Within nine months of the financial year 2022–23, the total number of electrical accidents that occurred under the jurisdiction of Bangalore Electricity Supply Company (Bescom) has exceeded the annual numbers of the previous three FYs. Out of 245 accidents, which occurred until December, 119 were fatal, non-departmental accidents. During 2021–22, a total of 240 accidents with 101 fatal accidents (departmental and non-departmental) were recorded.
It is noteworthy in the electrical accident statistics for the last 10 years that only during 2019–20 and 2020–21 — the pandemic-hit years — that the accident numbers were below 200. The two recent incidents that resulted in the death of an 11-year-old boy after coming in contact with a Karnataka Power Transmission Corporation Limited (KPTCL) wire and the death of a 26-year-old lineman of Bescom, have brought the focus back on electrical safety.
The number of departmental fatal accidents has decreased this year with two incidents when compared to seven, four and nine deaths in the previous three years respectively. Speaking about non-departmental accidents, Bescom officials said there was a clear lack of awareness and a sense of negligence among the public when it comes to electrical safety.
“We have often seen issues like buildings being constructed very close to the electric lines (closer than clearance issued), coming in contact with electric lines while transporting construction materials to such places, hanging clothes to dry on electric wires and more,” said Nagarjuna D, Director, Technical, Bescom.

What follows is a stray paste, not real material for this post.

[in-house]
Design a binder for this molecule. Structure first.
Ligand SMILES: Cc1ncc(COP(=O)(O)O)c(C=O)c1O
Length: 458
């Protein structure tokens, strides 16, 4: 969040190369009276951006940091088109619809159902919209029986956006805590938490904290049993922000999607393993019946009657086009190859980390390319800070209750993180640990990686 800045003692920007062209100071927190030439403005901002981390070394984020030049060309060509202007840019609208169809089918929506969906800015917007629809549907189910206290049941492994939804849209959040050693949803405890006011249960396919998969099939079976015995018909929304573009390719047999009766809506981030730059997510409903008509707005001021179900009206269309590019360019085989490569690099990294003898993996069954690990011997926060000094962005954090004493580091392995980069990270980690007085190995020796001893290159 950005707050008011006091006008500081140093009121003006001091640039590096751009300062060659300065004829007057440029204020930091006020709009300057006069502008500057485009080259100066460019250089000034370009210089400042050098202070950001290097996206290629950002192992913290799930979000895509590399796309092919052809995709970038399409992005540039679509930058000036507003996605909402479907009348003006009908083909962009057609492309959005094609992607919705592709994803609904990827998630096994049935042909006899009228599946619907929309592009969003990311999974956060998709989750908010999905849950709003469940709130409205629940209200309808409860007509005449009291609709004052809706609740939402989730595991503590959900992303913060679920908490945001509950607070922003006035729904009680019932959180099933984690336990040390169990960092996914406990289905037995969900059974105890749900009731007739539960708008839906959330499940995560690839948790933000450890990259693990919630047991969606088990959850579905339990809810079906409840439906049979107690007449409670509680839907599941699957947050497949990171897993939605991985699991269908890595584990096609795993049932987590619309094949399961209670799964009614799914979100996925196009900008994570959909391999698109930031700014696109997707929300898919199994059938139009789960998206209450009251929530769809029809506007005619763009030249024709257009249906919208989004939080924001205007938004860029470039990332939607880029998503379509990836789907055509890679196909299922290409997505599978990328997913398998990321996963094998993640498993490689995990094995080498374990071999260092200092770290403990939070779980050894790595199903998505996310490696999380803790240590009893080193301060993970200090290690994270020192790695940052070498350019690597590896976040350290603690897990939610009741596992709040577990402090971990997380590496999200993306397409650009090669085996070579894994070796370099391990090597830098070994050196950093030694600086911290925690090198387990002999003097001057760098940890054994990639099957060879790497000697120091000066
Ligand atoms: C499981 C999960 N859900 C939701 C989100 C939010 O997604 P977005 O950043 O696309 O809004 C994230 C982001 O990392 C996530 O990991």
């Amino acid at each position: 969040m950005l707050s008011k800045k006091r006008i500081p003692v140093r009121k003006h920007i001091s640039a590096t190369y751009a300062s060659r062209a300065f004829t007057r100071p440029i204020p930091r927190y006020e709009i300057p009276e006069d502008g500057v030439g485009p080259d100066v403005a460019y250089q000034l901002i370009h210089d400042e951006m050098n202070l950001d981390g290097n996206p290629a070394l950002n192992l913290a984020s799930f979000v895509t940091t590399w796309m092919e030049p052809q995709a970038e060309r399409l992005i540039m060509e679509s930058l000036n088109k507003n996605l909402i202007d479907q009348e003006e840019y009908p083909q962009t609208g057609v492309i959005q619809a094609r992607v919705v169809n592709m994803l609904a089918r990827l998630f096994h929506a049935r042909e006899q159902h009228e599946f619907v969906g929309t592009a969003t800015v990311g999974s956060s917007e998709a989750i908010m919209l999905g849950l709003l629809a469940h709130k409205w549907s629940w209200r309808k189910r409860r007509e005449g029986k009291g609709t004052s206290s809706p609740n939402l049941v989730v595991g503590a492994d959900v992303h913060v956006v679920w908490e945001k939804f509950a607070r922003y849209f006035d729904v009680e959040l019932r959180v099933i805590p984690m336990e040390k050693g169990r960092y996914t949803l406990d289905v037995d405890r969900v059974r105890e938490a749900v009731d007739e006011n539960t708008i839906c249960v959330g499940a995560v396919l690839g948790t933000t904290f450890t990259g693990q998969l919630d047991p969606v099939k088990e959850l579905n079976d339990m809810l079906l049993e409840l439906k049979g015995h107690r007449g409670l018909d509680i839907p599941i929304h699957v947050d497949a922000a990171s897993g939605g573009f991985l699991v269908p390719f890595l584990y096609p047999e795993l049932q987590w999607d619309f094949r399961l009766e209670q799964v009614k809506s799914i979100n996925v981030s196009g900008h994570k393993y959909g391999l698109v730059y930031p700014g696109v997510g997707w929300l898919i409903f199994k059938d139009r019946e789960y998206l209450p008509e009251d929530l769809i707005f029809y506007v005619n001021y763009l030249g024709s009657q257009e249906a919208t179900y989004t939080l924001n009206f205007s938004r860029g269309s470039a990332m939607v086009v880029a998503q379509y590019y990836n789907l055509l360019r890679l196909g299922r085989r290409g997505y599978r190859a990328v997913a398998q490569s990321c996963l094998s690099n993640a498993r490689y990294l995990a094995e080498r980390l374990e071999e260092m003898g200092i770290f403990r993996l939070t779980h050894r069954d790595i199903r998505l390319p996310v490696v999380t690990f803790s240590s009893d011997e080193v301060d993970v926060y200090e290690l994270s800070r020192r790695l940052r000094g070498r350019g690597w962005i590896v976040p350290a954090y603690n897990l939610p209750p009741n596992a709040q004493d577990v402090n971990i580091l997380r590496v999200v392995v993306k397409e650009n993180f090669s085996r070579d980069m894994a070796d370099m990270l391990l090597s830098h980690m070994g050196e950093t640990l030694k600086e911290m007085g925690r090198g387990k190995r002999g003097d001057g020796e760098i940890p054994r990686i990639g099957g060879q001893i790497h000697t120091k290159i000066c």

“In rural areas, accidents take place when aluminium rods which are used to get coconuts and areca nuts down from trees come in contact with wires or when they repair motors by themselves without any safety gear. Such actions show that there is a clear lack of awareness among the public to follow rules regarding electrical safety,” he further explained.
Sources in Bescom had said that the fatal accident of Gautham, the lineman, could have been avoided had he worn the safety equipment which was provided to him. Not donning the safety gear is a problem among linesmen, according to a Bescom engineer. An official, however, said that to reduce accidents, employees are being administered safety oaths and periodically instructed by senior officials of each subdivision, to wear safety equipment while working.
Overall, to create awareness, Bescom officials said that they have been giving wide publicity about electrical safety on print media, social media, in schools and at railway and bus stations. “We have been shifting transformers and electric lines which are near schools and hostels. To avoid accidents that happen due to trees, we have taken up Arial Bunching of Cables and Underground cabling work,” Mr. Nagarjuna said.
However, citizens and activists disagreed. “It is true that there is public negligence, but they cannot be blamed entirely. There are technical problems like old transformers, saggy wires, and sudden falling of wires (especially in rural areas), of which, Bescom should also take care. It is necessary to investigate each case and go to the root of the problems and take corrective measures accordingly,” said Y.G. Muralidharan, consumers rights expert.
Animal fatalities highest in 10 years
In the ongoing year, a total of 76 animal fatalities have occurred, statistics show. When compared with the data from the last 10 years, this is the highest number of animal deaths in electrical accidents. “When it rains, people have the habit of tying their animals to our poles or under our wires which should absolutely not been done to avoid accidents,” Mr. Nagarjuna said. He said there was no specific reason why animal fatalities had increased.